A couple of weeks ago I was training two new temps at the same time, I called one `New Guy’ and the other one ‘Other New Guy’ to their face. When ‘Other New Guy’ mildly complained, I told him that if they were still there in a week I might bother to learn their names. It’s a couple weeks later, they’re both gone and we’ve had others come and go in the meantime. I do wonder from time to time if my open lack of respect of them actually makes them move on, then I remember, ‘goldfish’.

Over the years here, I’ve lost track of the number of temp workers who have come and gone. I lost track in the first year, four more just add to the blur. Scores easily, hundreds probably, have come for a day, a week, a month, nine months, then they’re gone. The problem is that every one of them needed and got training on however many jobs they were assigned to, taking up hours of my and other workers’ time, and now they’re gone and the training time is wasted. There have actually been times I’ve wanted to just tell some dim-witted, slack-jawed, knuckle-dragging, mouth-breather to simply stand there out of my way while I did the job because they weren’t going to be asked to come back.

Although, in the blur of bodies, there have been a few who did manage to be memorable, though not often for positive reasons. There were two different older gents, who went code blue on us and required an ambulance to be called. They didn’t die, they just passed out. There was the jittery guy who we’re pretty sure was on some illegal stimulant, because a baggie containing some white crystalline powder and a rolled up piece of paper was found on a table kind of behind his machine. It might have been sugar, but it got tossed out anyway. There was rooster-crow guy, who would, at random, emit a startlingly life-like imitation of a rooster. Then there’s the clone of Richard Simmons who actually left in the middle of one shift literally crying and accusing the most inoffensive lady I know of ‘destroying his confidence’.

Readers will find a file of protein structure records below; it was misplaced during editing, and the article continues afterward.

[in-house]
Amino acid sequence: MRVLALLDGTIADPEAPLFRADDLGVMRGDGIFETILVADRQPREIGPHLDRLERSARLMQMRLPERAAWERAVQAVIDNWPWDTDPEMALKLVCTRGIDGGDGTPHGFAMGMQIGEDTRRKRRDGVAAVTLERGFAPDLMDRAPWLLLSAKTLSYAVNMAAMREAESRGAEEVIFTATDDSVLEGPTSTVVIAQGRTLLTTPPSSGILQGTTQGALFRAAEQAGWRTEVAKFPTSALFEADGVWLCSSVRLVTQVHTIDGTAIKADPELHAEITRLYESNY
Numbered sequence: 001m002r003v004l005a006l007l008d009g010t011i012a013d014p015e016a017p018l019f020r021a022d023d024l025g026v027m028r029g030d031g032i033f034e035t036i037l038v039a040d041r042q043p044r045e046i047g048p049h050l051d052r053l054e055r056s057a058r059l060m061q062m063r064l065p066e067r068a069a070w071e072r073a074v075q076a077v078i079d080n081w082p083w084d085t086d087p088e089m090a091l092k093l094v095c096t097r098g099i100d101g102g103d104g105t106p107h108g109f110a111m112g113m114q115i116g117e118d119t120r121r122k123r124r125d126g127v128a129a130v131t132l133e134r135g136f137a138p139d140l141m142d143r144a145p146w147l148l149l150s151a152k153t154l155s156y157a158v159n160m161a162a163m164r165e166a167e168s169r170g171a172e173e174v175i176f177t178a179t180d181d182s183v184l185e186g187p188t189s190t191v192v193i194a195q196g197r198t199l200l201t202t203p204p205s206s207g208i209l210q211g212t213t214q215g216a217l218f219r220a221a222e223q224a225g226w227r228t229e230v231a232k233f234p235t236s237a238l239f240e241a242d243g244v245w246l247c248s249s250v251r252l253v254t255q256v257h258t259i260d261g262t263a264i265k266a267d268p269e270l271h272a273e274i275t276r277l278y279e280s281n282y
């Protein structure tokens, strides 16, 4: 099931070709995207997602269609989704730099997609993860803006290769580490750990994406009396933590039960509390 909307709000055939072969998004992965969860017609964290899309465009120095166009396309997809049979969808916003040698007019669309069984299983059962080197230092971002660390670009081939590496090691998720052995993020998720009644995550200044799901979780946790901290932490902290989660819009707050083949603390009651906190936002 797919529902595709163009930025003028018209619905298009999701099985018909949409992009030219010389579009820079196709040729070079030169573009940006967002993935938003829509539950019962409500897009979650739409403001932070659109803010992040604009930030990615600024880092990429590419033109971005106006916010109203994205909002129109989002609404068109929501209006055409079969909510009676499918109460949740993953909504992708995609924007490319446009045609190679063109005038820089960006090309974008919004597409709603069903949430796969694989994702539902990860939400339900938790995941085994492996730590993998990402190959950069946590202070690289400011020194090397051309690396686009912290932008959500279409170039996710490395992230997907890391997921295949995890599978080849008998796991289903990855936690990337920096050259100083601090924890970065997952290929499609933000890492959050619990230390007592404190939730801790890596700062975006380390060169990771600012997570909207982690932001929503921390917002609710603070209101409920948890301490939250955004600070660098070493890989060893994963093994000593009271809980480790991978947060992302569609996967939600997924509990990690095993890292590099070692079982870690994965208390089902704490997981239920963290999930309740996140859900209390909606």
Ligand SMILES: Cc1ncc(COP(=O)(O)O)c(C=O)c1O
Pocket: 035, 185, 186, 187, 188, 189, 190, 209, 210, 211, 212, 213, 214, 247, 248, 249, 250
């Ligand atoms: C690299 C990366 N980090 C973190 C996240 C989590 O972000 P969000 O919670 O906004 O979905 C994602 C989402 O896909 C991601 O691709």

We had a temp last year who had his contract fully extended twice and wound up working for us for nine months before realizing that he wasn’t going to get hired; it was even his second round of working here as a temp. I think it was the fact that three or four other temps were hired in those nine months that finally clued him in.

I actually felt bad for him, he liked to do a particularly s**t job that no one else likes, and did it well. I felt that we should have hired him on that basis alone. I think it was his background in automotive that did him in. He wanted, and expected, to do the same job day in and day out for months or years. However, the Powers That Be, feel that all workers should be able to perform a majority of the jobs before being hired, and he was kind of a one-and-a-half trick pony.

In my experience the majority of temps want to move into a full-time position. Those are usually the ones you want to keep around as long as possible; hopefully have the company hire on full-time. Then you get the ones who seem to make a living, marginal at best, by drifting from place to place. They just want to skate by and collect a pay cheque. Those are the ones you desperately hope get arrested, strip-searched, and deported; preferably to some third-world country where they get thrown in jail.

The most difficult temps to deal with are those who do want to make it through their contracts to a full-time position, but just don’t have the candle-power of a brain-damaged chimpanzee. They need special handling. On the one hand you reassure them that the company does actually hire temps, but on the other you think to yourself what a hypocrite you are for raising their hopes when you know they don’t have a chance.

I have a kind of code I use to rate temps: clueless, useless, hopeless, worthless, and pointless. All temps, by definition get clueless; they’re coming into a job they generally know nothing about. I was that way when I started out here. Useless temps are those whose cluelessness is persistent and/or permanent. Hopeless indicates persistent clueless and useless behaviour in spite of all efforts by the temp in question. Worthless is someone who is all of the previous and isn’t even trying.
Pointless should be self-explanatory. They’re the ones you want to slap a label on reading ‘Contaminated Scrap. Discard at once. Do not reuse. Do not recycle.’

Post Navigation